Constitutional Court directs Jacob Zuma to address his contempt penalty if found guilty
When the contempt of court application was heard about the former president ignoring summonses to appear before the Zondo Commission, Zuma chose not to participate
The Constitutional Court has issued directions that former president Jacob Zuma must file an affidavit addressing what penalty the Court should impose if it were to find him in contempt of court.
This follows an application by the Zondo Commission into state capture that he be imprisoned for two years for breaching the Constitutional Court’s order to obey the commission’s summonses and testify before it.
Despite an order from the Court, he failed to turn up in February in line with a summons from the commission. When the contempt application was heard, Zuma chose not to participate and did not file court papers on why he should not be held in contempt.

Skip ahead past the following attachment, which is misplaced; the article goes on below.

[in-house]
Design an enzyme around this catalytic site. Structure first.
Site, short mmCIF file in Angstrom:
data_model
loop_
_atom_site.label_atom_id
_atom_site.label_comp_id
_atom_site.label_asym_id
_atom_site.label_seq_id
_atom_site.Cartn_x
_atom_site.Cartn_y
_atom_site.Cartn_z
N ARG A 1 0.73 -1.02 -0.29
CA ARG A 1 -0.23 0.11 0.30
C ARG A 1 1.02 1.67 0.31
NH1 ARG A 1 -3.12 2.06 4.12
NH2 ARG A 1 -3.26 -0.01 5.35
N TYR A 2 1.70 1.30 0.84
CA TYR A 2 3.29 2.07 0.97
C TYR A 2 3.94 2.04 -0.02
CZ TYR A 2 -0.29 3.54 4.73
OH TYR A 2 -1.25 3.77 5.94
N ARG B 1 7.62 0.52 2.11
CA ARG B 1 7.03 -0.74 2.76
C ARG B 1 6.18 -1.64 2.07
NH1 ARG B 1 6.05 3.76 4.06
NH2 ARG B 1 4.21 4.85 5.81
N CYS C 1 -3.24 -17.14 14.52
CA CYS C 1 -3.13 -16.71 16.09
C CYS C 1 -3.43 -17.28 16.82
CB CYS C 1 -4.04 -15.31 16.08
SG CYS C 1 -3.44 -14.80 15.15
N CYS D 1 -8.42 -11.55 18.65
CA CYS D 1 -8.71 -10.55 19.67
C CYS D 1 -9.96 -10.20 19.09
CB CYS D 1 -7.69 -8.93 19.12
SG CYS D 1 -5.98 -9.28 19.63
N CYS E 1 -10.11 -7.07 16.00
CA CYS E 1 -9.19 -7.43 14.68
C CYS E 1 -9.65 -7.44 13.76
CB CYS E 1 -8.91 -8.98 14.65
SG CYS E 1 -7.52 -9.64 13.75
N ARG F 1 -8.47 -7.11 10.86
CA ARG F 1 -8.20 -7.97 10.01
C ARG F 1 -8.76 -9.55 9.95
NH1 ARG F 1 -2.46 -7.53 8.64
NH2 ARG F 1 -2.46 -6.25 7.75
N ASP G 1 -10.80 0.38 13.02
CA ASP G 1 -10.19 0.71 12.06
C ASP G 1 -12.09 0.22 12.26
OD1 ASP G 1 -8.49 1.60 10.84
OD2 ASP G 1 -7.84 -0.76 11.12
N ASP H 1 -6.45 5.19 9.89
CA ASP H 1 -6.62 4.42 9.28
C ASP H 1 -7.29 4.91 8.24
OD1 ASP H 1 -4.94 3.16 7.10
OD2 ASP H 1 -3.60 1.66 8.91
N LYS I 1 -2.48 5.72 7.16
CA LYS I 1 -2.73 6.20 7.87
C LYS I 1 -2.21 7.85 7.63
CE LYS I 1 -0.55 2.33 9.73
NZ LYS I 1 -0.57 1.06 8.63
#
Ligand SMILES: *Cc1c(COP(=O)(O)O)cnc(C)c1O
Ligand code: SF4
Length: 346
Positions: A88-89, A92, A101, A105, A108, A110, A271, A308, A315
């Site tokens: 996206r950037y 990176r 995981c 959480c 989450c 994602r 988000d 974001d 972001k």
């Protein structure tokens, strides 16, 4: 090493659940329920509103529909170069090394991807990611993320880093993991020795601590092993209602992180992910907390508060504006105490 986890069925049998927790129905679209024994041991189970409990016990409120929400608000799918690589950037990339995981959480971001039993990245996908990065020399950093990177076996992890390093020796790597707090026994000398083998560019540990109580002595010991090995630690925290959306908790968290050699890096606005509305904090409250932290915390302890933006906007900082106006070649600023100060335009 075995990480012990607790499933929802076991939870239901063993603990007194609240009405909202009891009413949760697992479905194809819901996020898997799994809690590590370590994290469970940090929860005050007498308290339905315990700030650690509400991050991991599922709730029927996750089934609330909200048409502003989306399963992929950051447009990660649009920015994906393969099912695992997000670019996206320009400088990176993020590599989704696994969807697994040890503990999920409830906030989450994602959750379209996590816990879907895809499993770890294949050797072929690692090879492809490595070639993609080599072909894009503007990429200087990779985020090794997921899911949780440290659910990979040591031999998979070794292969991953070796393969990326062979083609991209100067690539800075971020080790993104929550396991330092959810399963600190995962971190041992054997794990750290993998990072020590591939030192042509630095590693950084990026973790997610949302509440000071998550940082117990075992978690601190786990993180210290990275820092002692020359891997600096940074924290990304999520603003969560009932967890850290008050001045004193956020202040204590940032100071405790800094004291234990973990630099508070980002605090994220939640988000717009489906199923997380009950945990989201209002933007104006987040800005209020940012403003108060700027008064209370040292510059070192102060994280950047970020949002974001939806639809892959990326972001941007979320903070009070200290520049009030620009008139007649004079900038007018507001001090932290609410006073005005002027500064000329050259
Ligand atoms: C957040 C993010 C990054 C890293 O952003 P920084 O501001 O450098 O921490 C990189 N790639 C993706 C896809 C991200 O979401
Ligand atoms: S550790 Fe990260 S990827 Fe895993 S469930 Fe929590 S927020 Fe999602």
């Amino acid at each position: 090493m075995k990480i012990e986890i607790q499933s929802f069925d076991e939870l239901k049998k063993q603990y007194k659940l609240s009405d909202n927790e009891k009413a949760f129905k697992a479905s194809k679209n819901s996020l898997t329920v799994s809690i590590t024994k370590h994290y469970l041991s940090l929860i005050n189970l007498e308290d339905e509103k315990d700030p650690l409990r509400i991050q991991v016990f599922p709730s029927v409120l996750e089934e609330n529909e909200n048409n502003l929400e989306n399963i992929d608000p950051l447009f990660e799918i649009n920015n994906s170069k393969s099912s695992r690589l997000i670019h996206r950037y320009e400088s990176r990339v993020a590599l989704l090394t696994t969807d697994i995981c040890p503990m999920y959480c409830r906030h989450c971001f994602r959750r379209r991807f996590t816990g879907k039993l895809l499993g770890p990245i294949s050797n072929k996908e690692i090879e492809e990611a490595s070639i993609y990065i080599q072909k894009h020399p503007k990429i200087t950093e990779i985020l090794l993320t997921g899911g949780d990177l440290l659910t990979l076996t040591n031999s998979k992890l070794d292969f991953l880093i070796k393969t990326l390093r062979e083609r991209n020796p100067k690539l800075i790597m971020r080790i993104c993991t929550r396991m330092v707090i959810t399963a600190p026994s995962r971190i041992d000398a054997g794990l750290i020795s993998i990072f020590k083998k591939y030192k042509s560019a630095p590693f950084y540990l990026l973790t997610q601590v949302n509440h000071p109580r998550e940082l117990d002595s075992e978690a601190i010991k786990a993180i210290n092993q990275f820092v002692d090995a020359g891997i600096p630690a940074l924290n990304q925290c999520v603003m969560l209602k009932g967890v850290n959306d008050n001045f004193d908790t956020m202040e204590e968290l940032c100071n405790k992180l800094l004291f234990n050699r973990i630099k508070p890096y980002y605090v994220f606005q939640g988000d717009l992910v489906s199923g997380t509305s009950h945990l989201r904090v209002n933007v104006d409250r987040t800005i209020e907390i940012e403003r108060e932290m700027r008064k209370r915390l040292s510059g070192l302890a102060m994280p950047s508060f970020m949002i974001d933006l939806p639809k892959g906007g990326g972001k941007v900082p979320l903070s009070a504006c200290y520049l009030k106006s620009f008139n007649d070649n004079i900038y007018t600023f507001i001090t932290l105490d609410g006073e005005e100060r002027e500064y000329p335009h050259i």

These latest directions give Zuma a last chance to seek to persuade the apex court not to send him to prison — should it find that he is in contempt of court.
The Court has directed Zuma to file an affidavit by Wednesday April 14. It has also asked him to address the issue that if the Court “deems committal to be appropriate, the nature and magnitude of sentence that should be imposed, supported by reasons”.
The directions say that if Zuma does file an affidavit, the commission and other parties can respond to it by Friday April 16.
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